© 2024 WUTC
Play Live Radio
Next Up:
0:00 0:00
Available On Air Stations

Middle Class Economics Dominate Obama's State Of The Union


One phrase from President Obama's State of the Union speech that quickly became a hashtag was middle-class economics. Here's how he defined it.


PRESIDENT BARACK OBAMA: Middle class economics means helping working families feel more secure in a world of constant change. It means helping folks afford child care, college, health care, a home, retirement.

CORNISH: The president said that the budget he sends to Congress in two weeks will address the challenges middle-class families face in all of these areas and more. And during his speech the president sketched out his proposals. As NPR's John Ydstie reports, members of the Republican-controlled Congress were unimpressed.

JOHN YDSTIE, BYLINE: The president wants to provide help for middle-class families in more than a half dozen different ways. One would be providing a new $500 tax credit for families where both spouses are working. Another would be to dramatically expand child care benefits to up to $3,000 a year for each child under five. The president said last night it's time to stop treating child care as a side issue...


OBAMA: ...Or as a women's issue, and treat it like the national economic priority that it is for all of us.

YDSTIE: The president also called for legislation from Congress mandating equal pay for women and boosting the minimum wage. He's also pushing a plan to make it easier for workers to save for retirement through their employer. And Obama proposed making two years of community college free. He pointed to Tennessee which has Republican leadership and Chicago with its Democratic mayor as places where it's already happened.


OBAMA: I want to spread that idea all across so that two years of college becomes as free and universal in America as high school is today.

YDSTIE: To help pay for that, the president would consolidate six current overlapping provisions that provide help to students. Most controversially, he would once again make the proceeds from 529 educational savings accounts taxable. That produced objections from Republicans today including Kansas representative Lynn Jenkins.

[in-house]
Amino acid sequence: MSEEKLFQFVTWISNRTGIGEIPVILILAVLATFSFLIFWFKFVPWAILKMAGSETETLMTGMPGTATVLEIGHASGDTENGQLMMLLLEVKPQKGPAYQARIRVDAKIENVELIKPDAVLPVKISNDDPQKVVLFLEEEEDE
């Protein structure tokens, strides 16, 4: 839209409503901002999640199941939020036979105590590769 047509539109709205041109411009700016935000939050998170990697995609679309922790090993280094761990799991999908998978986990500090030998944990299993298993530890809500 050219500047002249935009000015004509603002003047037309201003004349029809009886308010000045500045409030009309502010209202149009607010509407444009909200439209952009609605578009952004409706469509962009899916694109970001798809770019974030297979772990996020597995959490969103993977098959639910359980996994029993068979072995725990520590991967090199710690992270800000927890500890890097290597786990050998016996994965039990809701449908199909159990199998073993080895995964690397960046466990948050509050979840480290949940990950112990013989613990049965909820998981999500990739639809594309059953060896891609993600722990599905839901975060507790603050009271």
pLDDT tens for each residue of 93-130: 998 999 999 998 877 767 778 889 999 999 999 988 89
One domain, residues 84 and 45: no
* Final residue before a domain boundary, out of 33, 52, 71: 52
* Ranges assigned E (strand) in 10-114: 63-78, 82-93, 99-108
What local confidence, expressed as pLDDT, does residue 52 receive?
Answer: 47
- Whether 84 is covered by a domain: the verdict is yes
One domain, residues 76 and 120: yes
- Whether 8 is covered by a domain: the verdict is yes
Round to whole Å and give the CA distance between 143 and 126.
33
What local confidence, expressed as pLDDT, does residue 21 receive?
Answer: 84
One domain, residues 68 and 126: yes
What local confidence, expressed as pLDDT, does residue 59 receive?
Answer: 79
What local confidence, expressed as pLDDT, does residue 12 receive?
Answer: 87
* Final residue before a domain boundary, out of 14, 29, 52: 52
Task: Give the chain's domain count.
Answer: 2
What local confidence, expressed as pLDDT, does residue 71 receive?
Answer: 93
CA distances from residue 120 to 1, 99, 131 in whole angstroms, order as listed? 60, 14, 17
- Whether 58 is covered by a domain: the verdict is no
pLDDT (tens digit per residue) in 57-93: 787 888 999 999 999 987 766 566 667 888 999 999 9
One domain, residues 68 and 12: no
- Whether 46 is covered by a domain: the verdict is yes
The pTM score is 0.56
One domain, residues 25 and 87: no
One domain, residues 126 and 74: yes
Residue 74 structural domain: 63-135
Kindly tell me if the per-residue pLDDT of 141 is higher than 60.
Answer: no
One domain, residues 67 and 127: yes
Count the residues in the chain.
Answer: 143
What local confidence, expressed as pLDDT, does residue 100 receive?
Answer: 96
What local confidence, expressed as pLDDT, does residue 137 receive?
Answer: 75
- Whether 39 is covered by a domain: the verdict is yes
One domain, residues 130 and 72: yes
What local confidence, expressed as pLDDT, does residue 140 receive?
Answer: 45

CONGRESSMAN LYNN JENKINS: Middle income families that have worked hard and saved to send their children to college should receive our support, not a tax bill to pay for his agenda.

YDSTIE: Republicans also took issue with the president's proposal for paid sick leave. He pointed out that the U.S. is the only advanced country that doesn't mandate paid sick leave, forcing parents to choose between a paycheck and a sick child.


OBAMA: Send me a bill that gives every worker in America the opportunity to earn seven days of pay, sick leave. It's the right thing to do.

YDSTIE: Alabama Republican Representative Martha Roby said she and her colleagues have a better approach.


CONGRESSMAN MARTHA ROBY: We couldn't agree with you more that we need to be helping working moms and dads. So he has the right goal, he just has the wrong approach. More mandates on the workforce is not the way to go.

YDSTIE: Roby introduced a bill today in the house that would instead allow workers to trade overtime hours worked for sick leave. To pay for his plans, the president proposed raising taxes on well-off individuals and big banks, including raising the taxes on income from investments like capital gains and dividends to 28 percent. House Speaker John Boehner made clear the president's ideas are not welcomed by Republicans.


CONGRESSMAN JOHN BOEHNER: All the president really offered last night was more taxes, more government, more of the same approach that has failed the middle class for decades.

YDSTIE: But Boehner's suggestion for a better approach was also familiar. Replace Obamacare, fix the broken tax code, and balance the federal budget. John Ydstie, NPR News, Washington. Transcript provided by NPR, Copyright NPR.

John Ydstie has covered the economy, Wall Street, and the Federal Reserve at NPR for nearly three decades. Over the years, NPR has also employed Ydstie's reporting skills to cover major stories like the aftermath of Sept. 11, Hurricane Katrina, the Jack Abramoff lobbying scandal, and the implementation of the Affordable Care Act. He was a lead reporter in NPR's coverage of the global financial crisis and the Great Recession, as well as the network's coverage of President Trump's economic policies. Ydstie has also been a guest host on the NPR news programs Morning Edition, All Things Considered, and Weekend Edition. Ydstie stepped back from full-time reporting in late 2018, but plans to continue to contribute to NPR through part-time assignments and work on special projects.